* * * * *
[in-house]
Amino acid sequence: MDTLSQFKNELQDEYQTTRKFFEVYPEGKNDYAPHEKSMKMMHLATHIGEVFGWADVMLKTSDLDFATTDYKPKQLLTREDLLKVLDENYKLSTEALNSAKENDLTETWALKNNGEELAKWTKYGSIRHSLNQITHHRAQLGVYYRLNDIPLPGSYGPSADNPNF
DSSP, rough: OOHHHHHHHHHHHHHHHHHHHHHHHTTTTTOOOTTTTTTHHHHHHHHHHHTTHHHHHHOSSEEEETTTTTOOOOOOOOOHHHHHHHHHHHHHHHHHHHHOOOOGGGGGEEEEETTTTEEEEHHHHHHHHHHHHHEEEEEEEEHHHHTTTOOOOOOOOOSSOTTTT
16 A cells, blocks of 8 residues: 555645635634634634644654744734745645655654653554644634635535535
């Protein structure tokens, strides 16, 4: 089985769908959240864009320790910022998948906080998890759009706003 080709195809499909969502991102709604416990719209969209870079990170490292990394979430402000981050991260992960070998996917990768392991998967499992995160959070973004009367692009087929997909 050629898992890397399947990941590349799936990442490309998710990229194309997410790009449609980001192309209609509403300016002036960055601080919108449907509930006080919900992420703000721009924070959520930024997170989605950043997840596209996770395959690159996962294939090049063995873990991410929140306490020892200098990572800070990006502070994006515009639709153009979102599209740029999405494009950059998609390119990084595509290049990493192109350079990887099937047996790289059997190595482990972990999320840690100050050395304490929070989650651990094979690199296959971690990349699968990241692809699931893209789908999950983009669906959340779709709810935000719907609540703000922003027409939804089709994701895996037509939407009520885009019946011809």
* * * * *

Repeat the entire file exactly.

[in-house]
Amino acid sequence: MDTLSQFKNELQDEYQTTRKFFEVYPEGKNDYAPHEKSMKMMHLATHIGEVFGWADVMLKTSDLDFATTDYKPKQLLTREDLLKVLDENYKLSTEALNSAKENDLTETWALKNNGEELAKWTKYGSIRHSLNQITHHRAQLGVYYRLNDIPLPGSYGPSADNPNF
DSSP, rough: OOHHHHHHHHHHHHHHHHHHHHHHHTTTTTOOOTTTTTTHHHHHHHHHHHTTHHHHHHOSSEEEETTTTTOOOOOOOOOHHHHHHHHHHHHHHHHHHHHOOOOGGGGGEEEEETTTTEEEEHHHHHHHHHHHHHEEEEEEEEHHHHTTTOOOOOOOOOSSOTTTT
16 A cells, blocks of 8 residues: 555645635634634634644654744734745645655654653554644634635535535
């Protein structure tokens, strides 16, 4: 089985769908959240864009320790910022998948906080998890759009706003 080709195809499909969502991102709604416990719209969209870079990170490292990394979430402000981050991260992960070998996917990768392991998967499992995160959070973004009367692009087929997909 050629898992890397399947990941590349799936990442490309998710990229194309997410790009449609980001192309209609509403300016002036960055601080919108449907509930006080919900992420703000721009924070959520930024997170989605950043997840596209996770395959690159996962294939090049063995873990991410929140306490020892200098990572800070990006502070994006515009639709153009979102599209740029999405494009950059998609390119990084595509290049990493192109350079990887099937047996790289059997190595482990972990999320840690100050050395304490929070989650651990094979690199296959971690990349699968990241692809699931893209789908999950983009669906959340779709709810935000719907609540703000922003027409939804089709994701895996037509939407009520885009019946011809």